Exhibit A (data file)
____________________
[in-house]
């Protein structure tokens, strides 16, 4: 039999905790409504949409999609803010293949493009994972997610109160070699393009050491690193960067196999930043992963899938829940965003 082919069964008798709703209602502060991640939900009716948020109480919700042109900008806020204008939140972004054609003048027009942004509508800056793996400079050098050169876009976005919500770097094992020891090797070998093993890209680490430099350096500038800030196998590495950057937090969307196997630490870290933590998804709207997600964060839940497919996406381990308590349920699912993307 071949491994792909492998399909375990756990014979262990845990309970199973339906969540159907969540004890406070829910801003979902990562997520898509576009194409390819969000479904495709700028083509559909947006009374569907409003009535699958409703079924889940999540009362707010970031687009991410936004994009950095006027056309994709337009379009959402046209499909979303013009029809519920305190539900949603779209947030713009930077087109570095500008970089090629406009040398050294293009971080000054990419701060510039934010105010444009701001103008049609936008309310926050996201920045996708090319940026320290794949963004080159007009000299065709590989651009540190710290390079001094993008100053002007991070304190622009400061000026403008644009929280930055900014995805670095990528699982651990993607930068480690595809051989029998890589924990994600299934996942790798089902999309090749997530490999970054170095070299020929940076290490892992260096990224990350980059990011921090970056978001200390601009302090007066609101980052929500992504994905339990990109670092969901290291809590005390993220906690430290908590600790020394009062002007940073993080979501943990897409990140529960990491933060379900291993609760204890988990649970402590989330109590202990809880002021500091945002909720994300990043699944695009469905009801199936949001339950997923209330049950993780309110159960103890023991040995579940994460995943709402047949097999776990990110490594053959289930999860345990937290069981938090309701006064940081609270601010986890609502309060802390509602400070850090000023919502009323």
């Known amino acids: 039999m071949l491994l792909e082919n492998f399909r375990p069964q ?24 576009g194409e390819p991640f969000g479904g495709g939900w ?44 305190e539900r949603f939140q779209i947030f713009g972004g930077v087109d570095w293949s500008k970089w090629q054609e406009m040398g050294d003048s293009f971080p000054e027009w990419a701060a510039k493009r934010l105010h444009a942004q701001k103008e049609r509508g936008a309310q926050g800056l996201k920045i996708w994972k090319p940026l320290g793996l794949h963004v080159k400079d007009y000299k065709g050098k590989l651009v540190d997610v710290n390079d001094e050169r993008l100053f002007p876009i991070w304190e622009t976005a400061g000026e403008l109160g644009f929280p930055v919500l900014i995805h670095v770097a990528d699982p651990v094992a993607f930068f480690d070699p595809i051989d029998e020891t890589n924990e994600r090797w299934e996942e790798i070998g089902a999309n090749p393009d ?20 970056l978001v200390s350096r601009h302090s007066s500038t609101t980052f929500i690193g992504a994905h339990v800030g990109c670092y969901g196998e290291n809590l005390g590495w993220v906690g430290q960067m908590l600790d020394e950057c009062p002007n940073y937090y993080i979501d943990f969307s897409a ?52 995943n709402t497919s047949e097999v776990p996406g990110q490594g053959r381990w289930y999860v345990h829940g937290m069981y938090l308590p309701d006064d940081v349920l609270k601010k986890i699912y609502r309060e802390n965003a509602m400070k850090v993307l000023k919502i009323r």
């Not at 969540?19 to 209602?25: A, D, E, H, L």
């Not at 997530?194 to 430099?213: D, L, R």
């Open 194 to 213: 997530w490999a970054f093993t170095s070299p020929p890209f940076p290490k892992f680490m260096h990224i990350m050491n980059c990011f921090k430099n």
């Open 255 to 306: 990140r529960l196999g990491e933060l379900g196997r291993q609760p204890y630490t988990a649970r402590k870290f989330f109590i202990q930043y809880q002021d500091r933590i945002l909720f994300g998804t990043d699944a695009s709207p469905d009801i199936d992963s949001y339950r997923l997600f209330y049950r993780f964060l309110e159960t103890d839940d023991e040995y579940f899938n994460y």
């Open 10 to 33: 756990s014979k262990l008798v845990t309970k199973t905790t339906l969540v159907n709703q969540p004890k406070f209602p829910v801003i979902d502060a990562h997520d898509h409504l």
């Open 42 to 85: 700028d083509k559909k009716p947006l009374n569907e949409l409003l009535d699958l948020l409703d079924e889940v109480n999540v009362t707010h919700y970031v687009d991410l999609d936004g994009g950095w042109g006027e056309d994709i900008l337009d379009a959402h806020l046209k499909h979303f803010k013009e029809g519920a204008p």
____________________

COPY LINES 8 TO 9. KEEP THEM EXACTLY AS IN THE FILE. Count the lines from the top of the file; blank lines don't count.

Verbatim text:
């Open 10 to 33: 756990s014979k262990l008798v845990t309970k199973t905790t339906l969540v159907n709703q969540p004890k406070f209602p829910v801003i979902d502060a990562h997520d898509h409504l």
């Open 42 to 85: 700028d083509k559909k009716p947006l009374n569907e949409l409003l009535d699958l948020l409703d079924e889940v109480n999540v009362t707010h919700y970031v687009d991410l999609d936004g994009g950095w042109g006027e056309d994709i900008l337009d379009a959402h806020l046209k499909h979303f803010k013009e029809g519920a204008p």